Two watchdog groups are calling on the IRS to reject Crossroads GPS' request to be recognized as a social welfare nonprofit.
Democracy 21 and the Campaign Legal Center, nonpartisan outfits that favor tighter campaign finance regulations, wrote a letter to the tax agency today citing ProPublica's recent reporting on Crossroads' 2010 IRS application. The application said that the group's activities seeking to influence elections would be "limited in amount, and will not constitute the organization's primary purpose."
In today's letter, Democracy 21 and the Campaign Legal Center called those statements by Crossroads GPS "simply not credible, in light of the actual practices of the organization and the tens of millions of dollars Crossroads GPS spent on campaign ads since then."
Conceived by Karl Rove, Crossroads GPS was one of the biggest outside spenders in the 2012 elections, reporting more than $70 million in expenditures to the Federal Election Commission.
Recognition as a social welfare nonprofit is important for Crossroads because it allows the group to shield the identity of its donors. Under tax rules, such groups are allowed to spend money on political campaigns but must be primarily engaged in promoting social welfare.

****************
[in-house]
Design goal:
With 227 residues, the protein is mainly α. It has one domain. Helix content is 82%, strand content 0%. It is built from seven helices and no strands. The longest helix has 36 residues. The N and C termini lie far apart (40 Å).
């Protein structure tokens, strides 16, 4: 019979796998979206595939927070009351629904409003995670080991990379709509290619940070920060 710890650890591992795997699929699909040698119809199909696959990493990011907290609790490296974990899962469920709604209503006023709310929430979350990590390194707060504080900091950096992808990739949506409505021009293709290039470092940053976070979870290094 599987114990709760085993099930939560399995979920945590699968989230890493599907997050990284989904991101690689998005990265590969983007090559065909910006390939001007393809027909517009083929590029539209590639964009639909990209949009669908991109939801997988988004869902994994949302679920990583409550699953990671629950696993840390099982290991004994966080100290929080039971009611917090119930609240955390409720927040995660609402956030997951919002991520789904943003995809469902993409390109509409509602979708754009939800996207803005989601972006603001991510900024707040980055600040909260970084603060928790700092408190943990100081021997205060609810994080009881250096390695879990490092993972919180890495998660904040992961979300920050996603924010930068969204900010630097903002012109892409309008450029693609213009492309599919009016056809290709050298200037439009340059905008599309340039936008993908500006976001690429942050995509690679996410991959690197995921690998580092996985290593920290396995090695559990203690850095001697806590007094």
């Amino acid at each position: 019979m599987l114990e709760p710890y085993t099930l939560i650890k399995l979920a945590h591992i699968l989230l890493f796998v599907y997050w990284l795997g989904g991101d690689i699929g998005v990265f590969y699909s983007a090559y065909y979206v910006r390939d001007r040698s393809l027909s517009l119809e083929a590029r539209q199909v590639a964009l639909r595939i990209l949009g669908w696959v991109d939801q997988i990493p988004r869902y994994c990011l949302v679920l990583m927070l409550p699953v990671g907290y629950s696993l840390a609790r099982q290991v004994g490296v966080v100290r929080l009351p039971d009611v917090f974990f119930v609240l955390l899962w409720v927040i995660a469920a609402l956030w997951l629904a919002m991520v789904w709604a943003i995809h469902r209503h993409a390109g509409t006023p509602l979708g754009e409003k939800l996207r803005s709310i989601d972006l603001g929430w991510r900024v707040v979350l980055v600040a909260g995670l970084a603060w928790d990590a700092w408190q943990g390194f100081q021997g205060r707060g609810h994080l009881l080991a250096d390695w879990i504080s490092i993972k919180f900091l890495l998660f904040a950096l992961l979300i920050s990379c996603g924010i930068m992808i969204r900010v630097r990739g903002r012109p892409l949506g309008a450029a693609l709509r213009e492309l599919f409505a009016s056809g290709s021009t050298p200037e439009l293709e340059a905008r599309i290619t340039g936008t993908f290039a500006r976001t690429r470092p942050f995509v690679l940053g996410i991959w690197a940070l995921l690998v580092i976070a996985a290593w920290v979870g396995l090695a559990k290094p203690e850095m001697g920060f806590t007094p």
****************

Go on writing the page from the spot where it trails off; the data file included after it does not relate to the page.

Campaign Legal Center Executive Director Gerald Hebert said in a statement accompanying today's letter, "The application filed with the IRS by Crossroads GPS is laughable in the face of the growing body of evidence against the pretense that Crossroads GPS is a 'social welfare' organization."
Crossroads GPS spokesman Jonathan Collegio responded: "This sounds like the 25th identical letter that the partisans and ideologues at the Campaign Legal Center have sent to the IRS, and it doesn't merit anyone's attention."
We've inquired with the IRS as to whether Crossroads' has been recognized as a social welfare nonprofit—as of mid-December it had not—and we will update this post if we hear back.